OU’s forensics program celebrated its 100th birthday in March during a gala in St. Louis, Missouri. OU founded the nation’s oldest and most prestigious national speech honorary, Pi Kappa Delta, in 1913. Today, Pi Kappa Delta has more than 200 chapters and more than 80,000 alumni across the United States.
Ottawa University and 89 other schools celebrated this heritage during a special Pi Kappa Delta forensics tournament at Webster University on March 15-17.
In addition to the tournament, Pi Kappa Delta presented Provost Dennis Tyner with a plaque commemorating the school’s involvement with the organization’s founding. Tyner also accepted a check for $10,000 that will be used to establish the organization’s National Archives in Ottawa University’s new Gangwish Library and make state-of-the-art equipment available for capturing and housing Pi Kappa Delta’s history.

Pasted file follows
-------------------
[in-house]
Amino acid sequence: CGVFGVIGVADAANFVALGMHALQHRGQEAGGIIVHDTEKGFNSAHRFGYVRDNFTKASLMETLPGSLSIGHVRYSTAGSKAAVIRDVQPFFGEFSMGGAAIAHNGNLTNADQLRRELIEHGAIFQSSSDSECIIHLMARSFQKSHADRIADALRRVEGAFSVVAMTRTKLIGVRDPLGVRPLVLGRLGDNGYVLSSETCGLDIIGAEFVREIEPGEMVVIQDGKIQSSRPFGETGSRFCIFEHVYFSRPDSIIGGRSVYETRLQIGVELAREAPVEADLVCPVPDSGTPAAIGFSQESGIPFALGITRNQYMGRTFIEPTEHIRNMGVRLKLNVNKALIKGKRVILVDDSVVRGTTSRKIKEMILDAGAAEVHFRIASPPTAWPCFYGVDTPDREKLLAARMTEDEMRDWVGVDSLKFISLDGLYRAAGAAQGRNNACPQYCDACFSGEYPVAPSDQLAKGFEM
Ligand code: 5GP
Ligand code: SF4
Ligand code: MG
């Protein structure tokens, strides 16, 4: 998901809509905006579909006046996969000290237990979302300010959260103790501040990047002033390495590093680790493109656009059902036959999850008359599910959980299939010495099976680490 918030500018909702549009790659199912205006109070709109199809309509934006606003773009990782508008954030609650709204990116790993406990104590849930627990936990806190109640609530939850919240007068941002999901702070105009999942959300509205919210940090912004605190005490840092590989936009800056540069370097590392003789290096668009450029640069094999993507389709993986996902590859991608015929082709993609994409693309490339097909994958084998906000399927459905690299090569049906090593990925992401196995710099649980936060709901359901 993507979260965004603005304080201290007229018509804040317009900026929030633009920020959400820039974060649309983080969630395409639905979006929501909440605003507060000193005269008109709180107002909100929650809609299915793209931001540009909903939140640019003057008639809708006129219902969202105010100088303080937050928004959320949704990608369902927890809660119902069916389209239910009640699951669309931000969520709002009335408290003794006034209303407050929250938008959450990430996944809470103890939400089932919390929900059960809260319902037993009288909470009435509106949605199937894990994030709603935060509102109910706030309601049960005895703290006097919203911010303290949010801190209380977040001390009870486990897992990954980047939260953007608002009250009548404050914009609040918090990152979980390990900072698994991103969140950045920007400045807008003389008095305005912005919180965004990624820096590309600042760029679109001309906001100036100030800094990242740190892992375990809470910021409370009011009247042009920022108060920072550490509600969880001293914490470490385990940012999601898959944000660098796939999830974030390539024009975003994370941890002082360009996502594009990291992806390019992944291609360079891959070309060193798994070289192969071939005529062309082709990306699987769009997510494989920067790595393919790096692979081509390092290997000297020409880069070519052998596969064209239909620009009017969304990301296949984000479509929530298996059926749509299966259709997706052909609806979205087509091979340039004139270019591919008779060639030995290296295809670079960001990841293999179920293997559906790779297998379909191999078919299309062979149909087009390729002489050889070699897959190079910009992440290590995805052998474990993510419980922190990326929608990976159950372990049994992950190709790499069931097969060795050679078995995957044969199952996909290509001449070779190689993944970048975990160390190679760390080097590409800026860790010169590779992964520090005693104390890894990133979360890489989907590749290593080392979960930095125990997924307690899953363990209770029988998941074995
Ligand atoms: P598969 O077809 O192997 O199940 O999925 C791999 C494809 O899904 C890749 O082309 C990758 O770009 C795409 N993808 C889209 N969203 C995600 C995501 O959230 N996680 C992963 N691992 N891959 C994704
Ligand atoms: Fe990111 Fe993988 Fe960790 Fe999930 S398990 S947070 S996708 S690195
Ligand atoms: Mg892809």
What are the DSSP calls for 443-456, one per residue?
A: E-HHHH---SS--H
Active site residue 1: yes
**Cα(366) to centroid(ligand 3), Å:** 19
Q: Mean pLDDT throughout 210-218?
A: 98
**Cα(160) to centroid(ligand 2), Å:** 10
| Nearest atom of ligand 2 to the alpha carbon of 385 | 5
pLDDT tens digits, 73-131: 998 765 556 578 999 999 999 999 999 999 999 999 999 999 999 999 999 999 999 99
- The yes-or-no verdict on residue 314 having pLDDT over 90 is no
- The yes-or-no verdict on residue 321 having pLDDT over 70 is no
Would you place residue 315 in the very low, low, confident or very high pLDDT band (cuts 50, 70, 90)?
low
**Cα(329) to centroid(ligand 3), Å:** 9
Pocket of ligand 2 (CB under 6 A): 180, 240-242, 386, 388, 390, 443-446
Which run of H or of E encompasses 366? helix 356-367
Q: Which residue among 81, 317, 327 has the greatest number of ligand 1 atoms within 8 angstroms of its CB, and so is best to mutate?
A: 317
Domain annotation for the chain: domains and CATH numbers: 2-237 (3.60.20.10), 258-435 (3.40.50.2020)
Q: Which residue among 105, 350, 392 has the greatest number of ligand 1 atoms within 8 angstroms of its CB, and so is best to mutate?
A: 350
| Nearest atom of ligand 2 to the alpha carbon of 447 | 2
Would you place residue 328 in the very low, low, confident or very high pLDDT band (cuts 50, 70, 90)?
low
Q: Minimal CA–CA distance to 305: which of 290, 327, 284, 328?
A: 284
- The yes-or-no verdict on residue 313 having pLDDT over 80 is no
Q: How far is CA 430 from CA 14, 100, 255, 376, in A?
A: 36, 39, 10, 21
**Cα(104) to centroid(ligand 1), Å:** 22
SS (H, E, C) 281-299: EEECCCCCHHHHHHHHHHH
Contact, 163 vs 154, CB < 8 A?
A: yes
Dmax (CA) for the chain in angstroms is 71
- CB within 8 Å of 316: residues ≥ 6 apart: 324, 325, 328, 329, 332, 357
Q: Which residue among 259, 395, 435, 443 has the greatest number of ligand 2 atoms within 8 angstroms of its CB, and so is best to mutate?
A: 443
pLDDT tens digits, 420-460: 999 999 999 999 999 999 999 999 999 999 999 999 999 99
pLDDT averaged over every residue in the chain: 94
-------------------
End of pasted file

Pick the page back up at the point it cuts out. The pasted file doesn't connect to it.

“By far the most important aspect of this tournament was its meaning,” said Director of Forensics Ryan Louis. “Pi Kappa Delta isn’t just about competition or education. The organization stands for much more: a model – an ethos – for how we live our motto, The Art of Persuasion: Beautiful and Just.”
“I don’t know anyone who leads a life of significance that isn’t capable of persuasion in a beautiful and just way,” says OU President Kevin C. Eichner. “That is why I’ve been so enthusiastic about supporting forensics activities here and, as the alpha chapter of Pi Kappa Delta, why I think OU is a great place for housing these archives.”
Louis produced a short documentary about the new archives that can be viewed at http://vimeo.com/61188224.
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